20 September 2021
Making the most of Preg Testing Day
08 December 2021
Pregnancy testing may be weeks away yet but making a small change to the ‘normal’ PD routine could reap big repro benefits for both your farmers and your practice in the season to come.
All farmers are focused on ‘learning their numbers’ on the day of scanning. At no other time is the link between cause and effect more apparent for reproductive performance, providing an invaluable chance for vets to quickly flag opportunities for follow up, while the result is still at the top of farmers’ minds.
Pregnancy testing results are a snapshot that can be used to motivate farmers to act and improve in-calf rates. They provide an opportunity to start the planning process early and improve the chance of a successful outcome from their next mating.
Preg testing is a busy time for vets so the discussion on the day shouldn’t be in depth; it just needs to be quick chat about their initial reaction to their result, with a date set for the vet to come back and find out more about their goals and expectations.
AgriHealth veterinarian Steve Cranefield says pregnancy testing is a time when repro is extremely topical for farmers, so it’s a case of striking while the iron is hot. Putting some structure around the process to capture key results and farmers’ reactions will be beneficial for both vets and farmers.
By using the AgriHealth Plan-to-Mate Tool at the time of pregnancy testing, vets can capture key results and farmers’ reactions, easily and quickly.
“The front page of Plan-to-Mate is a great way to collect the data and can be started with only a few details, then completed at the follow-up, so it doesn’t need to take a lot of time.”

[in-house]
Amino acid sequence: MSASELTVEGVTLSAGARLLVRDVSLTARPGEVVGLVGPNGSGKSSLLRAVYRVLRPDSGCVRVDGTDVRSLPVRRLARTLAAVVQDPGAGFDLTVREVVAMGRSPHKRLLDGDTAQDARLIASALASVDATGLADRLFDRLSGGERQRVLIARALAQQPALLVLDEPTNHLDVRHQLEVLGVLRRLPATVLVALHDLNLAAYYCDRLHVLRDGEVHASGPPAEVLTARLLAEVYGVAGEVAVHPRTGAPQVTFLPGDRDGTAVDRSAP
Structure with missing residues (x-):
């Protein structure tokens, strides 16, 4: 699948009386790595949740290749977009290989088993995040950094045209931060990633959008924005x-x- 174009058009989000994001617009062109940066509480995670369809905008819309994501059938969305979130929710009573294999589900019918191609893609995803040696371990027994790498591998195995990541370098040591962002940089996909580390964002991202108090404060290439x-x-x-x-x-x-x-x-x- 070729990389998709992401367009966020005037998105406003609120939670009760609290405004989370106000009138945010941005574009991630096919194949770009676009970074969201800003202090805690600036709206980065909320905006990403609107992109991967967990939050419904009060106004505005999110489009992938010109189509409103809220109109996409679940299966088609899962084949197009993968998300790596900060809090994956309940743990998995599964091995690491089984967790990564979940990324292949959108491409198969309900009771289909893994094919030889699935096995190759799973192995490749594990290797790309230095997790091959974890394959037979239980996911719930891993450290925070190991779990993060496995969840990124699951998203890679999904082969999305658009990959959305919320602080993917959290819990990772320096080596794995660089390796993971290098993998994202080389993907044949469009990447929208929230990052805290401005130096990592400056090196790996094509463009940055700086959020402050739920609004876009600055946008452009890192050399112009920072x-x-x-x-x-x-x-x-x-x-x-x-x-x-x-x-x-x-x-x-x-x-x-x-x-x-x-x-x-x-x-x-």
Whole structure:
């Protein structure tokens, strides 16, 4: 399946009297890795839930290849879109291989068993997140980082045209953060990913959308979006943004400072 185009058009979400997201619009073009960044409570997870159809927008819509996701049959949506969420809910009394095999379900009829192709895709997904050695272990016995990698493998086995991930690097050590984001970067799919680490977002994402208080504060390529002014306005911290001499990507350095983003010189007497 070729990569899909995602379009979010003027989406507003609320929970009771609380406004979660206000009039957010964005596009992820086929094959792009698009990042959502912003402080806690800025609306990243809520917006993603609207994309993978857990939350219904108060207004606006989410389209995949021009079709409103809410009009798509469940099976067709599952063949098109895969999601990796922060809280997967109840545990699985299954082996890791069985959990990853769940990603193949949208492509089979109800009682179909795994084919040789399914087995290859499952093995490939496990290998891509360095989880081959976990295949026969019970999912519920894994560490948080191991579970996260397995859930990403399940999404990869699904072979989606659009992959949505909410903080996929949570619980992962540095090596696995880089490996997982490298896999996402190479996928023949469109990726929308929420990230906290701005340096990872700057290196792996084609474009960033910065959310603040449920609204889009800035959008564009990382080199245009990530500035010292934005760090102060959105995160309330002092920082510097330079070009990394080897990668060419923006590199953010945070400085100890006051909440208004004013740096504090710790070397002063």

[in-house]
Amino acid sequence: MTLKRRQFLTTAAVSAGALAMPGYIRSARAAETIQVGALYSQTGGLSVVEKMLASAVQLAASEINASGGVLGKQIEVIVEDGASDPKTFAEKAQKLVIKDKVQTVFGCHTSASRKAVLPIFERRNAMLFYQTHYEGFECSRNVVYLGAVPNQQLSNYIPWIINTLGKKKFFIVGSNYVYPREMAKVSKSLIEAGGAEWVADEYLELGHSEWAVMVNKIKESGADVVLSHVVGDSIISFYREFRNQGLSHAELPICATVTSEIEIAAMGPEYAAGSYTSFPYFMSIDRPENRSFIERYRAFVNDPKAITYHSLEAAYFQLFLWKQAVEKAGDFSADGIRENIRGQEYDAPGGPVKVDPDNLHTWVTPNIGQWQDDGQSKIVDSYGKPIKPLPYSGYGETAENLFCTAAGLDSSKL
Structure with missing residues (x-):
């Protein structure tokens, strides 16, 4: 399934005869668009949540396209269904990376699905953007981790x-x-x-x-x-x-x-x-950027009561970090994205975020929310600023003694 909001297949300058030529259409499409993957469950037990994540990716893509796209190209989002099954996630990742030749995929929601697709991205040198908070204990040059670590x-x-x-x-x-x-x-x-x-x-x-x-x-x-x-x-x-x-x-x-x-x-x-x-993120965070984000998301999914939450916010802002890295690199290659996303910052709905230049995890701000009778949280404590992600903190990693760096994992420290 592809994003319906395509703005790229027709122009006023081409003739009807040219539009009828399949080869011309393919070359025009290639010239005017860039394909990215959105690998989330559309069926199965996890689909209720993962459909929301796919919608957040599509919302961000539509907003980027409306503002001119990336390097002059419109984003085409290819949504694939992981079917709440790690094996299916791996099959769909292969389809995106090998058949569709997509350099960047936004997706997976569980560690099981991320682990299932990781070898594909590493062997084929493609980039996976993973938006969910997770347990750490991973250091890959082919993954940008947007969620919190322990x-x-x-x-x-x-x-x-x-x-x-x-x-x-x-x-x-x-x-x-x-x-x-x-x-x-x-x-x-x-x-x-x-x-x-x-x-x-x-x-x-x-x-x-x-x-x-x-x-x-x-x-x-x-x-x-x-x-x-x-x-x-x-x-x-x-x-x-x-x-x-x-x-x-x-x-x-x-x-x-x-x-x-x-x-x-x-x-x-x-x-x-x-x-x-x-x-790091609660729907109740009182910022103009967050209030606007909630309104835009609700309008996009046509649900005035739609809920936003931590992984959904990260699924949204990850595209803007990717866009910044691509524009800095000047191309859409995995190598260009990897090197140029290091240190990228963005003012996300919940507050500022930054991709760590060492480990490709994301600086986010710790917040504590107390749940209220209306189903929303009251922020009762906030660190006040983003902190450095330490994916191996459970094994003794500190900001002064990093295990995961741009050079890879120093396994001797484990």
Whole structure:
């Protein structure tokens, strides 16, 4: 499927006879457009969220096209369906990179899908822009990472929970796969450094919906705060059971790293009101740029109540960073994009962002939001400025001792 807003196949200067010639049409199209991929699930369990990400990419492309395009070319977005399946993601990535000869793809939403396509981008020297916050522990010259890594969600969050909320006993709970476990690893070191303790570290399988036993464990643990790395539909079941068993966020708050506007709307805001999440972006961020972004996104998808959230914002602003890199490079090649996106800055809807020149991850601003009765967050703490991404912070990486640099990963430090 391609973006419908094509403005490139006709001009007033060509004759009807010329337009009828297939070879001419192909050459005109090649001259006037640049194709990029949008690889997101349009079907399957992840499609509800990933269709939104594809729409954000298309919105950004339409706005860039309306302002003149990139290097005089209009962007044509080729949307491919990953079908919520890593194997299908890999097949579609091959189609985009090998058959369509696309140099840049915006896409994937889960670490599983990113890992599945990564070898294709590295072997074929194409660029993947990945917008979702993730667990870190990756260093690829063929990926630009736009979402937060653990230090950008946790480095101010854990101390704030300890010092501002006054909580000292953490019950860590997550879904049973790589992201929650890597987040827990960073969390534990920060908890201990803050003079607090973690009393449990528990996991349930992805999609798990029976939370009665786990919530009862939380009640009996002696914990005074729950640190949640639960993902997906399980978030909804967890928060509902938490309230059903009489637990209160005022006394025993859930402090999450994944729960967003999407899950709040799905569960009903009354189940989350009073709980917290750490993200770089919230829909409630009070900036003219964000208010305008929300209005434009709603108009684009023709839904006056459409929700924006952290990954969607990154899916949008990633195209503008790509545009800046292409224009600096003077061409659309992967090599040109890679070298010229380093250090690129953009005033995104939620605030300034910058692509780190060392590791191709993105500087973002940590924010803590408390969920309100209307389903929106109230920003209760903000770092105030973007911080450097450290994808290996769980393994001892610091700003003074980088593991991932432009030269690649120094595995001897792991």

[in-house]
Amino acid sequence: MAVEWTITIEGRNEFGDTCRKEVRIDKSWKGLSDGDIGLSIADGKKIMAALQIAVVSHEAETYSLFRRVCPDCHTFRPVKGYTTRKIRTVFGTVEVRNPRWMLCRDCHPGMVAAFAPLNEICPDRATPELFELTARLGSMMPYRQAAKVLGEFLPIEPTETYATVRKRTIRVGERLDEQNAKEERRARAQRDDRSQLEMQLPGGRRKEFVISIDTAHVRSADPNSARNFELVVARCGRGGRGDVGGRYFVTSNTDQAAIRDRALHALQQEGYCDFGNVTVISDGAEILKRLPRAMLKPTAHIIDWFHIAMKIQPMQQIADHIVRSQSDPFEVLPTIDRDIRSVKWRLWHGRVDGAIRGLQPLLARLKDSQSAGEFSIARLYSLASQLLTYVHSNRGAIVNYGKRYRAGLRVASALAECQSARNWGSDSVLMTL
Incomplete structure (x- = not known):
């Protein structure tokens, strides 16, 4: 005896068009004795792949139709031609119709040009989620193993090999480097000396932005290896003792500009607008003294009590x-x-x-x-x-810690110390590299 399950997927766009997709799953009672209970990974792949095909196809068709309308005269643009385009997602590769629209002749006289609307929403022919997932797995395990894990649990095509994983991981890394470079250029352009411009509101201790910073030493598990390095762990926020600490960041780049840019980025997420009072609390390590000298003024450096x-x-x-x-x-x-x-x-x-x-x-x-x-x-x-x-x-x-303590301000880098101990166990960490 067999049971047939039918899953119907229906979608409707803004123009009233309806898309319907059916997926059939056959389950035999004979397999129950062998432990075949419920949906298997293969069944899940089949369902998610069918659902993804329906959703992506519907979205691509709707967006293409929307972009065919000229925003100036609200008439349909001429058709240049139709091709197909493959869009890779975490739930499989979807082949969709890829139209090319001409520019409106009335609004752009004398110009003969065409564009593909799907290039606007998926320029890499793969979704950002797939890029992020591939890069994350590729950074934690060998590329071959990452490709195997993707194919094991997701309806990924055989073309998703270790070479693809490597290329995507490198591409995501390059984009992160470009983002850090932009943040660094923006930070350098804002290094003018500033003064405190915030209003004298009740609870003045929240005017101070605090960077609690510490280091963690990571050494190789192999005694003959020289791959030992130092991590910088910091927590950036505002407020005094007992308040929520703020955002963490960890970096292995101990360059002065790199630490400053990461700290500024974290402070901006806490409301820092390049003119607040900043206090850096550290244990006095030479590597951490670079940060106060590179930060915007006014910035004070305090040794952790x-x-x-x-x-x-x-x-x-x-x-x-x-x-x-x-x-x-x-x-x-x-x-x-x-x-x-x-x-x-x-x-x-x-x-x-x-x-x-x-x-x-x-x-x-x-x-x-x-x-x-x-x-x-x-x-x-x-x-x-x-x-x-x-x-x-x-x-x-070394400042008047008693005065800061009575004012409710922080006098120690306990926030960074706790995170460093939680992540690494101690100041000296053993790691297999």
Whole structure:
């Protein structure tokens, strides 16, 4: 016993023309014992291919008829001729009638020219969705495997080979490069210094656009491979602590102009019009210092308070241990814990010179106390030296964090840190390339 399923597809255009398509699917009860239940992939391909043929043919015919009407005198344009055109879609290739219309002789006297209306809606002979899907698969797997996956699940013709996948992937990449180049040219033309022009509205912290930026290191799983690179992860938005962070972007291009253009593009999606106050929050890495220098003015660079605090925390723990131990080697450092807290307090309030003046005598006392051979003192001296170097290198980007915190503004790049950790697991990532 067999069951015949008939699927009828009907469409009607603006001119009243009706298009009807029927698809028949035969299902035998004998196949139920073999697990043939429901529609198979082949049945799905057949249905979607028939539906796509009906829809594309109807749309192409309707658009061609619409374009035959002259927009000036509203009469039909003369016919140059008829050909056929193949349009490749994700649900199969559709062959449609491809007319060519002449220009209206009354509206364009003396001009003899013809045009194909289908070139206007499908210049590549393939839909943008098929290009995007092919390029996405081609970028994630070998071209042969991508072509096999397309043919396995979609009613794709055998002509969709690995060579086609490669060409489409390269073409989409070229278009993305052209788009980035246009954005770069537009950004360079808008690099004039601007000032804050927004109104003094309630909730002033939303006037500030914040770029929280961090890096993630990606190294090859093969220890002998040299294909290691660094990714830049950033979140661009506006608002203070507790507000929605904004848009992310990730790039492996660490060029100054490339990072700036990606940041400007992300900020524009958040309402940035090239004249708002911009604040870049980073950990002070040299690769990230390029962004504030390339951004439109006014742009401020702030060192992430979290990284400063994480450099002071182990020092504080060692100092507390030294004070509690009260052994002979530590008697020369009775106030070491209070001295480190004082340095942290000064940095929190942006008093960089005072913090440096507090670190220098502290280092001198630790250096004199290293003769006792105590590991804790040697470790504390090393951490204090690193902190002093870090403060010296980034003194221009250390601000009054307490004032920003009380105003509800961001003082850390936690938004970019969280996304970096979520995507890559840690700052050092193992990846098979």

Critical herd performance information for both heifers and cows – including submission rates, mating length and empty rates – can be quickly recorded and compared with industry targets using a traffic light system that clearly identifies areas of potential improvement.
When it’s time for the formal repro consult, details captured on the Plan-to-Mate Tool make it faster and easier for vets to have discussions around areas of improvement.
Steve Cranefield says using the Plan-to-Mate Tool encourages vets to feel like an integral part of their farmers’ enterprise.
This leads to greater involvement with farmer clients and stronger relationships and loyalty. The key outcome is strong vet–farmer partnerships focused on improving repro performance and farm productivity and maintaining momentum for further improvement year-on-year.
Gaining competency in this area often requires some training and commitment by vets to initiate conversations with target farmers. AgriHealth’s Plan-to-Mate Tool is the first step in that process.
For more information contact your AgriHealth area sales manager.